Standard of pitches among chief concerns at football's grassroots level

Published Add your comment

Football News

The standard of pitches is one of the biggest impediments to football's growth at grassroots level, a Football Association survey has revealed.

The study of more than 28,750 of the game's participants also showed notable concern about the standard of coaching at recreational level.

The figures from the grassroots survey - an online poll which sought views from players, coaches, referees, staff and volunteers - showed that players with access to better-quality pitches tend to play a third more than the average. Those playing on poorly-maintained pitches play 21 per cent less.

This issue was already on the FA's agenda under its 'National Game Strategy for Participation and Development' and a "significant slice" of its ?260million budget for the next four years has been allocated to the matter.

At present there is a high dependence on local councils to maintain facilities, with 83 per cent of pitches in England being publicly owned, and the FA recognises a need for greater involvement. Part of this will come under the 'Parklife' scheme which will see the creation of 'hubs' of floodlit 3G artificial pitches in cities across the country. Plans are also in place to improve around 2,000 existing turf pitches and it is hoped the investment will encourage further funding from other sources.

Pete Ackerley, the FA's head of participation, said: "We are seeing a lot of players will play more if we get the environments right. We're finding that the better the pitch, people will play more, and absolutely more people will play."

In terms of coaching, respondents aged 10-15 expressed high levels of satisfaction but this declined as the age range increased. Poor coaching was identified as having a negative effect on the appetite of players to play regularly.

This area is also one of the FA's priorities with a network of county coaches charged with improving and supporting coaching across grassroots football, with club mentoring programmes, being strengthened.

Ackerley said: "I don't think anyone is expecting Pep Guardiola or Louis van Gaal on the touchline when play in their local Sunday league but they are expecting some sort of structure - for example playing in a shape, knowing how to defend a corner, what to do from a free-kick.

"It is just about getting organised and being organised and getting some structure as opposed to throwing a ball onto a pitch and smashing it at a goalkeeper for 20 minutes during sessions."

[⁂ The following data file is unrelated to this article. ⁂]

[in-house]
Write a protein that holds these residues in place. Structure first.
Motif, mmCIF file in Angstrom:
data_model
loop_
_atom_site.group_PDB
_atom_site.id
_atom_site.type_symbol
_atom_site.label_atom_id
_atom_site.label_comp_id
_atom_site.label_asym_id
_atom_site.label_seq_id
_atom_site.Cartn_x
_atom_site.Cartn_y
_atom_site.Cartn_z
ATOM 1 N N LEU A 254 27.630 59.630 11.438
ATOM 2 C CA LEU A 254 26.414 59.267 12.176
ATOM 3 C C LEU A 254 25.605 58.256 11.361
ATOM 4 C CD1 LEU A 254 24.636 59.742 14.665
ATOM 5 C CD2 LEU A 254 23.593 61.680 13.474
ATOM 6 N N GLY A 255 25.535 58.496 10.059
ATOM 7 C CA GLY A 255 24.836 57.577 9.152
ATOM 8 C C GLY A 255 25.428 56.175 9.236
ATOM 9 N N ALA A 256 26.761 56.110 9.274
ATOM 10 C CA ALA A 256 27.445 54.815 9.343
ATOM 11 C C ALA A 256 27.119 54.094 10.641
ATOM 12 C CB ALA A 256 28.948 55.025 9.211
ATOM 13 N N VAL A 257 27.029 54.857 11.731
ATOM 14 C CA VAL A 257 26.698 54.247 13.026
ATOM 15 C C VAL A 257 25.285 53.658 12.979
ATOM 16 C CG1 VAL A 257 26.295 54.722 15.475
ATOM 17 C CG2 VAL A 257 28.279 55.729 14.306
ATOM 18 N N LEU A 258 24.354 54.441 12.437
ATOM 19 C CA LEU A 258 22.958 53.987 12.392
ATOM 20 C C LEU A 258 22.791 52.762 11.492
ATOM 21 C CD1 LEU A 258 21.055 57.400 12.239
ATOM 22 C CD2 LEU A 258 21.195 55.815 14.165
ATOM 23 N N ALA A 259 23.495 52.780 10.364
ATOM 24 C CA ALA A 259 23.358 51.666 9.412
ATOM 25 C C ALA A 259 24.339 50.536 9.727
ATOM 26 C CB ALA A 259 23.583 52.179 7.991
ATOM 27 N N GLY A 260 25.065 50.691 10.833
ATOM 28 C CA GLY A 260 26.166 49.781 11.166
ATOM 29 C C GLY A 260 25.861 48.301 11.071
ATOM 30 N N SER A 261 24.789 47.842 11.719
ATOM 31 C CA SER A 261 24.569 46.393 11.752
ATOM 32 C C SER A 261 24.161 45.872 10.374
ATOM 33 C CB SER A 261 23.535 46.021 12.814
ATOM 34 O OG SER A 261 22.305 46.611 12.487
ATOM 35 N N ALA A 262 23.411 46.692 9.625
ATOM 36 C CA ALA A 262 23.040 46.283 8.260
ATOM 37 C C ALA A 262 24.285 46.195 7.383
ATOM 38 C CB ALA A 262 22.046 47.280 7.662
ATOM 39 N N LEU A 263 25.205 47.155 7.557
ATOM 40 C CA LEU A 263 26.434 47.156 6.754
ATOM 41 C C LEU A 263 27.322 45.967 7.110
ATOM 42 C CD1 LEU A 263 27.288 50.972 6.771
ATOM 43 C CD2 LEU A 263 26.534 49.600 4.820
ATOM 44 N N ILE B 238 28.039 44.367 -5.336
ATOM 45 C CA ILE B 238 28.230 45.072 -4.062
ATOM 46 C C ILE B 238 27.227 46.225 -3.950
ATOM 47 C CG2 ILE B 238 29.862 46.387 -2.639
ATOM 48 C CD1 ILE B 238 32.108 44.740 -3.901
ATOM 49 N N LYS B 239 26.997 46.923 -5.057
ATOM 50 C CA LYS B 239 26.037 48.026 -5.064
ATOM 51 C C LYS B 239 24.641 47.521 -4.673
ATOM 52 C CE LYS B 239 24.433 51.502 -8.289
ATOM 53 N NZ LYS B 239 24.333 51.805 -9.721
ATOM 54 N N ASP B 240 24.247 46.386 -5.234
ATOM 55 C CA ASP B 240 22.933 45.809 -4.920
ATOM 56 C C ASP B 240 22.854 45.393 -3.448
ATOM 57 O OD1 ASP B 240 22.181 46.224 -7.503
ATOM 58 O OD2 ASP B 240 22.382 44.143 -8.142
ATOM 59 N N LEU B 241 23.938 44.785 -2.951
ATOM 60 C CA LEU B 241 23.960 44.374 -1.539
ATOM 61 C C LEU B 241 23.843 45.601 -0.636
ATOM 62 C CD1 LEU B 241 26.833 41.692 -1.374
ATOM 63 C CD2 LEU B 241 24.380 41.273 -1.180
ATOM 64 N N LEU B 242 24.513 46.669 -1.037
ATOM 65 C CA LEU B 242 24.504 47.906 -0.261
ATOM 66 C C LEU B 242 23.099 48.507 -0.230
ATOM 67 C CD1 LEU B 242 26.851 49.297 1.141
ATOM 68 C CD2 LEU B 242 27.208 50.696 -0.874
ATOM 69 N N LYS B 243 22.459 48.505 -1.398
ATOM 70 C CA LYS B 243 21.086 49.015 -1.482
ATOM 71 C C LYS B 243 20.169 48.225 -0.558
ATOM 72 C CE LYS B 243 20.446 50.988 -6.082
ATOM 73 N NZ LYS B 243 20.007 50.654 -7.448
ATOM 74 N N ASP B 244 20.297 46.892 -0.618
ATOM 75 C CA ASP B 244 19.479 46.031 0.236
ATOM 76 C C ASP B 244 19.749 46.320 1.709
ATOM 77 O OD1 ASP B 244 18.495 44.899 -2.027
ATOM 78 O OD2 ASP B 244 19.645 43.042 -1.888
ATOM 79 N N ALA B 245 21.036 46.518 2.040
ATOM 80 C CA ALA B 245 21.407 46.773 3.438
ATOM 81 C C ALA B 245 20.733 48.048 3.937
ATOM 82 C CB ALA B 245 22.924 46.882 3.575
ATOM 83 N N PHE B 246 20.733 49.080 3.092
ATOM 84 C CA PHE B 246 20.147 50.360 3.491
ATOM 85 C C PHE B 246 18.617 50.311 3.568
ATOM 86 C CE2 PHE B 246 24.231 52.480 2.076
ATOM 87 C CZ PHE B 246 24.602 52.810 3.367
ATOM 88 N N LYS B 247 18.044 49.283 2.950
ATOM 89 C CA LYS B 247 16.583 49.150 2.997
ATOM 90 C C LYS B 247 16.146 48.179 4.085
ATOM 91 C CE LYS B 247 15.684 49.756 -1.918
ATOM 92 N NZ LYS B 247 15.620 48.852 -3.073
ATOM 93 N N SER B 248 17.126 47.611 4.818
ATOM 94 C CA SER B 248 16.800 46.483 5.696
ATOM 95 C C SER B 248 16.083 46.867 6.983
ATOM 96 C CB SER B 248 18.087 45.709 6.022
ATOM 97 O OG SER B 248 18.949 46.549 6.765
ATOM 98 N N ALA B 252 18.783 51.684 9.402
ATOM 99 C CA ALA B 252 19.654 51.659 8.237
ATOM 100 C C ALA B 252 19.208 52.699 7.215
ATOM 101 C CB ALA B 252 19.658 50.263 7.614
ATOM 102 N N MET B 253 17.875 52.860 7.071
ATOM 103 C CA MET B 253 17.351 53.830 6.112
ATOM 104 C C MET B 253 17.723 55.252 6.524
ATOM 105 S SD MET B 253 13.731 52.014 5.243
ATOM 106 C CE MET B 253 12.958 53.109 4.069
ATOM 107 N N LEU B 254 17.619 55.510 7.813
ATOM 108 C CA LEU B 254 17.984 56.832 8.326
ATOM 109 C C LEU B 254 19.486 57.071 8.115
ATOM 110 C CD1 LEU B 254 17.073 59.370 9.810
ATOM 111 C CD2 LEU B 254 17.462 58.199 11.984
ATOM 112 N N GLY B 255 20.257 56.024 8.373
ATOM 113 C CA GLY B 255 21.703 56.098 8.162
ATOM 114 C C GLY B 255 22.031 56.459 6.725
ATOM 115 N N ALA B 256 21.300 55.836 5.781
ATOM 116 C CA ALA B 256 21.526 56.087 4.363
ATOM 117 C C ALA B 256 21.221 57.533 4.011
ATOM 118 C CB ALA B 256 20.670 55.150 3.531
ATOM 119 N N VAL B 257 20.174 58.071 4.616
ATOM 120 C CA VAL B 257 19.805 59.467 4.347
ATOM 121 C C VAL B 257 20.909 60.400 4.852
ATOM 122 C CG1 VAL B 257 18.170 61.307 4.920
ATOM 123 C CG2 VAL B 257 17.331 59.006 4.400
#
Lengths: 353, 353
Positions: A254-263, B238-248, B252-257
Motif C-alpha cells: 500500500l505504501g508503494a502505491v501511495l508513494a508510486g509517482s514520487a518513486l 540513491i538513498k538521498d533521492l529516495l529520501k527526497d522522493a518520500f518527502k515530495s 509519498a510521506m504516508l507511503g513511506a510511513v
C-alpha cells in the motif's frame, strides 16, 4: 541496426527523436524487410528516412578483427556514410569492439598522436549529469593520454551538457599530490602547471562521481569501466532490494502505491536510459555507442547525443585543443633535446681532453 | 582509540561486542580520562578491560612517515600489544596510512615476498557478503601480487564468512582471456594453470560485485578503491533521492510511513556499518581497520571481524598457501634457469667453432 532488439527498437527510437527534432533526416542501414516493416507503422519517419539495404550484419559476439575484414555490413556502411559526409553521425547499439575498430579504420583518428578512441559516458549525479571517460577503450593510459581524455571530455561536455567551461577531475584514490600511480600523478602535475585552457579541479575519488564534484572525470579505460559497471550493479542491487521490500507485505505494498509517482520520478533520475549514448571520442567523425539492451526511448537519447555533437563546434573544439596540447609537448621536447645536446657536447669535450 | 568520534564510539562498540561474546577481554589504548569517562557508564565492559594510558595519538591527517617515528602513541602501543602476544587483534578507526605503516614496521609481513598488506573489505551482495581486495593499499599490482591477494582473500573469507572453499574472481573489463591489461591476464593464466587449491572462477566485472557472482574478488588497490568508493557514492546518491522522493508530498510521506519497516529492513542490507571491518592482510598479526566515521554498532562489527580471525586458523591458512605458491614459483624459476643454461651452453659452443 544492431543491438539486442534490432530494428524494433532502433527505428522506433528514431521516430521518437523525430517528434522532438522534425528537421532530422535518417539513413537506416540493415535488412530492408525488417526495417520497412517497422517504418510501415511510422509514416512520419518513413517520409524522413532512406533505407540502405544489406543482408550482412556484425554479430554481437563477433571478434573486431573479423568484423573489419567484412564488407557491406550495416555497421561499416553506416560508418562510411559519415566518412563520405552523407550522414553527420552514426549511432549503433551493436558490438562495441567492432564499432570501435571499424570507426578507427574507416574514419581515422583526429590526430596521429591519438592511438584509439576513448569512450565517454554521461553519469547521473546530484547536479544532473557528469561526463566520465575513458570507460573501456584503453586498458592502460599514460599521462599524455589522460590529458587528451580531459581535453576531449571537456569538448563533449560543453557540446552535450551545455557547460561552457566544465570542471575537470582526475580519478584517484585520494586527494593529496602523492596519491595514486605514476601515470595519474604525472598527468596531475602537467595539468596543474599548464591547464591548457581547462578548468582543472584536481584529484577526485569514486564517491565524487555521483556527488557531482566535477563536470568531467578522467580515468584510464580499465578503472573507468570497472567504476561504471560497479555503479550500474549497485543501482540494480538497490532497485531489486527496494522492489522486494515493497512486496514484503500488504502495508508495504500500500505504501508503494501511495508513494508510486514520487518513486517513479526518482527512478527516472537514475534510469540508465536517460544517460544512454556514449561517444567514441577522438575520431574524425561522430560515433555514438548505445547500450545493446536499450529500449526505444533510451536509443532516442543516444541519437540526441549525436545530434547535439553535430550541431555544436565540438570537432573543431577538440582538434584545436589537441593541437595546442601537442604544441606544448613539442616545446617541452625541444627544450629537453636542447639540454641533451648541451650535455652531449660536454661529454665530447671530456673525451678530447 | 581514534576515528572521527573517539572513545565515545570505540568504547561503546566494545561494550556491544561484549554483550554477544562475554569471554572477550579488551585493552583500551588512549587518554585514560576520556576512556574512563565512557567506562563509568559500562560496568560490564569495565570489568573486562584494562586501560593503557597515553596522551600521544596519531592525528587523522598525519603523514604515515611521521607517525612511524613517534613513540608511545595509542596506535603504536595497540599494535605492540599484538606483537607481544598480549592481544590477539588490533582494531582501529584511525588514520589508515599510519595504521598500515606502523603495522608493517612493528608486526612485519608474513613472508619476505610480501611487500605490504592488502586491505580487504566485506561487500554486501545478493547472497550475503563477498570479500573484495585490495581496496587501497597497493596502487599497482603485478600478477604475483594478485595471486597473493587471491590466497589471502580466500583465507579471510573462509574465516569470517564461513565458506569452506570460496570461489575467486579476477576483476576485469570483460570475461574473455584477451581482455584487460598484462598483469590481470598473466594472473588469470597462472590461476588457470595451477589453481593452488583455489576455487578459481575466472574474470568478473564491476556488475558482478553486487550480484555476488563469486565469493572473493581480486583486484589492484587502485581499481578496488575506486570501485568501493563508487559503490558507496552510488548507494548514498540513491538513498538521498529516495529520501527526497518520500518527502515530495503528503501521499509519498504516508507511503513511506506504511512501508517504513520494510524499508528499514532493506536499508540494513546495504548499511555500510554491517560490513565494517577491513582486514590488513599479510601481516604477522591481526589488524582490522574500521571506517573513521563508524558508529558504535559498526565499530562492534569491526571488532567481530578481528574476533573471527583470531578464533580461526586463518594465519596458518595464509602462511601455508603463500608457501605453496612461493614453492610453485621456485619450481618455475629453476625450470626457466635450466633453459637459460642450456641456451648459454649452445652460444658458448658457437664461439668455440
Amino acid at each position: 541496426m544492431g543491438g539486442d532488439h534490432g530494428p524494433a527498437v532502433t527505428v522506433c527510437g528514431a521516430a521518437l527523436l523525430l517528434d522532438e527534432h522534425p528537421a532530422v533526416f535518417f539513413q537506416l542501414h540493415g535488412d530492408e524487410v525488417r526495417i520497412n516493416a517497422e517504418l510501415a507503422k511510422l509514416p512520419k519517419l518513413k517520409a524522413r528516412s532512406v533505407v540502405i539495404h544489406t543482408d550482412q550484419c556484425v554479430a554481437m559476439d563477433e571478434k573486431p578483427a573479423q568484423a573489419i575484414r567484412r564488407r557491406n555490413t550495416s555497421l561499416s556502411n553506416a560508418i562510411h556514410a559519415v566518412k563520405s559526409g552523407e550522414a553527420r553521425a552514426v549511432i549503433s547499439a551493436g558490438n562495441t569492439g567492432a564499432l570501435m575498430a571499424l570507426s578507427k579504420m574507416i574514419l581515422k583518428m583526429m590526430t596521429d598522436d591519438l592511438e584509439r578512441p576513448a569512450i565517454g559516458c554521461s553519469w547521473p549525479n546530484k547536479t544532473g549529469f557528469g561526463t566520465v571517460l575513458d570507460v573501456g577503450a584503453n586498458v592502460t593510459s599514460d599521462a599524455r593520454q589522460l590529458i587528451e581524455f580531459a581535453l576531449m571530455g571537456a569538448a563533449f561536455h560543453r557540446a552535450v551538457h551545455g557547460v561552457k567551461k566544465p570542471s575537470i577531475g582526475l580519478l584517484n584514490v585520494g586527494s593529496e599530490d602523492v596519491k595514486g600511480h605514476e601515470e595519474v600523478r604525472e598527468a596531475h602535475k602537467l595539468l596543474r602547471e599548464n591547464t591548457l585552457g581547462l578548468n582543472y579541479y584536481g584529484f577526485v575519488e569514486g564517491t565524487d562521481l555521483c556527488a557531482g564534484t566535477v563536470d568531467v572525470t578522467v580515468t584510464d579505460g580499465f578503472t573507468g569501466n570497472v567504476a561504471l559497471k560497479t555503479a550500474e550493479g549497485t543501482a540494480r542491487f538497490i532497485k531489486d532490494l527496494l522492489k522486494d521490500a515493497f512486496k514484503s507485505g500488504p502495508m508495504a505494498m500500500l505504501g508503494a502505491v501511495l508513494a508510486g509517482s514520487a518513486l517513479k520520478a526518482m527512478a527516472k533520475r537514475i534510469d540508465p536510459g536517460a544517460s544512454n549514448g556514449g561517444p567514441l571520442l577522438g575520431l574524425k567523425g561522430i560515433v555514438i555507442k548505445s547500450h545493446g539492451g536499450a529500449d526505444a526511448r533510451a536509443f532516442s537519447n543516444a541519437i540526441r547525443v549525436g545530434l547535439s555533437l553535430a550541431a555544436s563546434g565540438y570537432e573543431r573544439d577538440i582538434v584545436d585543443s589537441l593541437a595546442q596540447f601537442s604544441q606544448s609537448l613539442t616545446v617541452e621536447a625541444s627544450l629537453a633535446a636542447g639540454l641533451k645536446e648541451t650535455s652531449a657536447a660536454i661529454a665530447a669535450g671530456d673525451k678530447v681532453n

The survey also highlighted some dissatisfaction around cost of coaching courses, but also indicated that those that have completed them believe they represent value for money. Costs vary by area but the average price paid for a level one coaching qualification in the last 12 months was ?90.56 and ?208.23 for level two.

One statistic that buoyed the FA was that 52 per cent of respondents view football as the best 'value-for-money' sport ahead of cycling and running.

Ackerley said: "We're delighted with the number of people that have sat down and told us what they think. Nearly 30,000 is a significant number.

"We need to understand what the thoughts of anyone involved in the game are and keep listening to them.

"This is the first time we have done a survey of this nature, so we don't have anything to compare this against, but this will become an annual survey so we can look at where we are improving or getting worse."

Meanwhile the FA has reiterated its guidance to clubs and leagues concerning the publication of results and league tables for junior teams, up to under-11s level, in the local press. The FA believes that such publication is detrimental and in recent years have stressed it be avoided.

Ackerley said: "We want to get away from the league table and results being published that say, 'Team A have beaten Team B 34-0'. It isn't in the best interests of developing those young people and young players, and ultimately could drive them away from the game.

"We have put in a range of measures to ensure we have a really child-friendly approach rather than the win-at-all-cost mentality that quite often coaches and parents want to instil.

"Since we brought this in there has been a 17.5 per cent rise in the number of teams. That tells us this is the right thing to do."


Read more

Report author of article

Please let us know if you believe this article is in violation of our editorial policy, please only report articles for one of the following reasons.

Report author


This article has been written by a member of the GiveMeSport Writing Academy and does not represent the views of or SportsNewMedia. The views and opinions expressed are solely that of the author credited at the top of this article. and SportsNewMedia do not take any responsibility for the content of its contributors.

Want more content like this?

Like our GiveMeSport Facebook Page and you will get this directly to you.

Already Subscribed to Facebook, don't ask me again

Follow GiveMeSport on Twitter and you will get this directly to you.

Already Following, don't ask me again